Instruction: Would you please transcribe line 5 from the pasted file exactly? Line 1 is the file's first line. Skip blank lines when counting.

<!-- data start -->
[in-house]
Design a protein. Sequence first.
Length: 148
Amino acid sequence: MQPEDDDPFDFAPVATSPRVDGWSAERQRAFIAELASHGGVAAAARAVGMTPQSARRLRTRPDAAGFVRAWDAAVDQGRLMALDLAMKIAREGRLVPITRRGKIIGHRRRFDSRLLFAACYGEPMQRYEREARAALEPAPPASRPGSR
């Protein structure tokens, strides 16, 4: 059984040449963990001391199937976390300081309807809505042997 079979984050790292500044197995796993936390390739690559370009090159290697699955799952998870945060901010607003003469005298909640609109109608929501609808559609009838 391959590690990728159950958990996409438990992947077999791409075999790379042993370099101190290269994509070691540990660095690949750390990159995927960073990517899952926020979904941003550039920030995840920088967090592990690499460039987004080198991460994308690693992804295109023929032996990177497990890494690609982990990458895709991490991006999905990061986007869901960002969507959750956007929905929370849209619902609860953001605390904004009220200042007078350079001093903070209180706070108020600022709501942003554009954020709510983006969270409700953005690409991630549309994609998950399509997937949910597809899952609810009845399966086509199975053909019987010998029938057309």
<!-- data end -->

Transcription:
């Protein structure tokens, strides 16, 4: 059984040449963990001391199937976390300081309807809505042997 079979984050790292500044197995796993936390390739690559370009090159290697699955799952998870945060901010607003003469005298909640609109109608929501609808559609009838 391959590690990728159950958990996409438990992947077999791409075999790379042993370099101190290269994509070691540990660095690949750390990159995927960073990517899952926020979904941003550039920030995840920088967090592990690499460039987004080198991460994308690693992804295109023929032996990177497990890494690609982990990458895709991490991006999905990061986007869901960002969507959750956007929905929370849209619902609860953001605390904004009220200042007078350079001093903070209180706070108020600022709501942003554009954020709510983006969270409700953005690409991630549309994609998950399509997937949910597809899952609810009845399966086509199975053909019987010998029938057309």